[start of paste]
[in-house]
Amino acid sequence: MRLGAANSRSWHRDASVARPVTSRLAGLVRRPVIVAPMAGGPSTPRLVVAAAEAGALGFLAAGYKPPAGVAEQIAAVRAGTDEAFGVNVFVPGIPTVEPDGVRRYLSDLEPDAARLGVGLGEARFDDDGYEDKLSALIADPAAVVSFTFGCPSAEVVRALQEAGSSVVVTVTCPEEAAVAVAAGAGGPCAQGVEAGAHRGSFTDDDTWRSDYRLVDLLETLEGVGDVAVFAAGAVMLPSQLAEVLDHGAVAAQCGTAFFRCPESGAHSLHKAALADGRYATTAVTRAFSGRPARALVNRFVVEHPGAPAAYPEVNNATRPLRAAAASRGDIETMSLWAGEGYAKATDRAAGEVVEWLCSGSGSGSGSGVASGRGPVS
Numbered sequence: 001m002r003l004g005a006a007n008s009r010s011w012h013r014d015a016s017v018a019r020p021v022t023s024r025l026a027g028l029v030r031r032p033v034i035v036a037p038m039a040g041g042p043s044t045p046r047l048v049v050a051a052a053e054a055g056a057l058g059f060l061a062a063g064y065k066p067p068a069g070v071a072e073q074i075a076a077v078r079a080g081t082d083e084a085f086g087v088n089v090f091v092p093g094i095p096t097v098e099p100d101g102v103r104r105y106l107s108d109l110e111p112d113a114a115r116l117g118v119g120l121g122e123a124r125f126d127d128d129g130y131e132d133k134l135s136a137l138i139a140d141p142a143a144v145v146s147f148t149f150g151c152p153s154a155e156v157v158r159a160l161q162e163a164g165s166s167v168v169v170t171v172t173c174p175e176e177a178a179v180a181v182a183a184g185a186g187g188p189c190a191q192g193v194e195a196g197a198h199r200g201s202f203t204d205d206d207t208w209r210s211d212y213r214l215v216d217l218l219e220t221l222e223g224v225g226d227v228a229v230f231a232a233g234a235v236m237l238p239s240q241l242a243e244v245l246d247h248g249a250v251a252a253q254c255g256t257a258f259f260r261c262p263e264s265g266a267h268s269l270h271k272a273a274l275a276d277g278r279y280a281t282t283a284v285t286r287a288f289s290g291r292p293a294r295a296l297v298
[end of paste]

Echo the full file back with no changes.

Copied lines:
[in-house]
Amino acid sequence: MRLGAANSRSWHRDASVARPVTSRLAGLVRRPVIVAPMAGGPSTPRLVVAAAEAGALGFLAAGYKPPAGVAEQIAAVRAGTDEAFGVNVFVPGIPTVEPDGVRRYLSDLEPDAARLGVGLGEARFDDDGYEDKLSALIADPAAVVSFTFGCPSAEVVRALQEAGSSVVVTVTCPEEAAVAVAAGAGGPCAQGVEAGAHRGSFTDDDTWRSDYRLVDLLETLEGVGDVAVFAAGAVMLPSQLAEVLDHGAVAAQCGTAFFRCPESGAHSLHKAALADGRYATTAVTRAFSGRPARALVNRFVVEHPGAPAAYPEVNNATRPLRAAAASRGDIETMSLWAGEGYAKATDRAAGEVVEWLCSGSGSGSGSGVASGRGPVS
Numbered sequence: 001m002r003l004g005a006a007n008s009r010s011w012h013r014d015a016s017v018a019r020p021v022t023s024r025l026a027g028l029v030r031r032p033v034i035v036a037p038m039a040g041g042p043s044t045p046r047l048v049v050a051a052a053e054a055g056a057l058g059f060l061a062a063g064y065k066p067p068a069g070v071a072e073q074i075a076a077v078r079a080g081t082d083e084a085f086g087v088n089v090f091v092p093g094i095p096t097v098e099p100d101g102v103r104r105y106l107s108d109l110e111p112d113a114a115r116l117g118v119g120l121g122e123a124r125f126d127d128d129g130y131e132d133k134l135s136a137l138i139a140d141p142a143a144v145v146s147f148t149f150g151c152p153s154a155e156v157v158r159a160l161q162e163a164g165s166s167v168v169v170t171v172t173c174p175e176e177a178a179v180a181v182a183a184g185a186g187g188p189c190a191q192g193v194e195a196g197a198h199r200g201s202f203t204d205d206d207t208w209r210s211d212y213r214l215v216d217l218l219e220t221l222e223g224v225g226d227v228a229v230f231a232a233g234a235v236m237l238p239s240q241l242a243e244v245l246d247h248g249a250v251a252a253q254c255g256t257a258f259f260r261c262p263e264s265g266a267h268s269l270h271k272a273a274l275a276d277g278r279y280a281t282t283a284v285t286r287a288f289s290g291r292p293a294r295a296l297v298